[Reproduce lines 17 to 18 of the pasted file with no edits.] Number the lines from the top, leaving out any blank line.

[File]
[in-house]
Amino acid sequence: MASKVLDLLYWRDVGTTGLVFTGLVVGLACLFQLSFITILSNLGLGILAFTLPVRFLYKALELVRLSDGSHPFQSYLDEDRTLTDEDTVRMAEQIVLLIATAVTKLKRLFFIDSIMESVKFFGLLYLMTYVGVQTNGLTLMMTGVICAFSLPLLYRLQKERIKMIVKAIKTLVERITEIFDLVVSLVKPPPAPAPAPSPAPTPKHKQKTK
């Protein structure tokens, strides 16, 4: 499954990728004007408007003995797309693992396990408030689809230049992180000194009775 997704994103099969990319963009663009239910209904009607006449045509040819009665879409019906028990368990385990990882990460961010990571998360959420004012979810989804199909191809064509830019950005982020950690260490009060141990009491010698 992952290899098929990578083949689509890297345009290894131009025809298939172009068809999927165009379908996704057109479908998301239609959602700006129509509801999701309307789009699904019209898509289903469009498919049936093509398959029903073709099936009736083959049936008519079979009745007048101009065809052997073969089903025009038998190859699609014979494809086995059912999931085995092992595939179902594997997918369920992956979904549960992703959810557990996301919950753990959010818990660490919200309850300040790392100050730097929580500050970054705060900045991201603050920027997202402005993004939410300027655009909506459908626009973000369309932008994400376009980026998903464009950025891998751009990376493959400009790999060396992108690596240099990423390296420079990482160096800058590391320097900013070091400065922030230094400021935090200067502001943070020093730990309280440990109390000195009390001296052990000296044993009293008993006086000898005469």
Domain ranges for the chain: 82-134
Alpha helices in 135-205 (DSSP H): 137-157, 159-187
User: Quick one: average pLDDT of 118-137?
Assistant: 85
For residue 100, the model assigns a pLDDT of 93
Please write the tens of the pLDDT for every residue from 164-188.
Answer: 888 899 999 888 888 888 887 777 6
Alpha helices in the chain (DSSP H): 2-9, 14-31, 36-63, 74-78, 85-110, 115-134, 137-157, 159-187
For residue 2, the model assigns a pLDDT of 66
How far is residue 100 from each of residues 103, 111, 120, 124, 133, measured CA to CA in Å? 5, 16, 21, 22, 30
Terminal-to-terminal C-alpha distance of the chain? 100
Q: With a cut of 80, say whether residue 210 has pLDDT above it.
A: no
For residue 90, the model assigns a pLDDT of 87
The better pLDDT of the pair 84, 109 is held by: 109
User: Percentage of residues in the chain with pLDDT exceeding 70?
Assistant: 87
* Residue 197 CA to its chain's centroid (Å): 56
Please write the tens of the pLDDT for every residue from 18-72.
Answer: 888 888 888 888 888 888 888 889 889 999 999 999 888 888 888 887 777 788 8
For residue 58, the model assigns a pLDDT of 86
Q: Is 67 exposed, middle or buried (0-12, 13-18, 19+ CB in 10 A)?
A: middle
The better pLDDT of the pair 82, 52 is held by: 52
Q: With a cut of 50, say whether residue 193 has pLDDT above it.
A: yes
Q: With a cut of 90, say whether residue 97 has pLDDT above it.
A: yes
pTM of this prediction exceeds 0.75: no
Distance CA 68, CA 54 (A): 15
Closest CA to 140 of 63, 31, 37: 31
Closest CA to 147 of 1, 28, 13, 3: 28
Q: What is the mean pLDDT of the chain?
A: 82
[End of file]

For residue 90, the model assigns a pLDDT of 87
The better pLDDT of the pair 84, 109 is held by: 109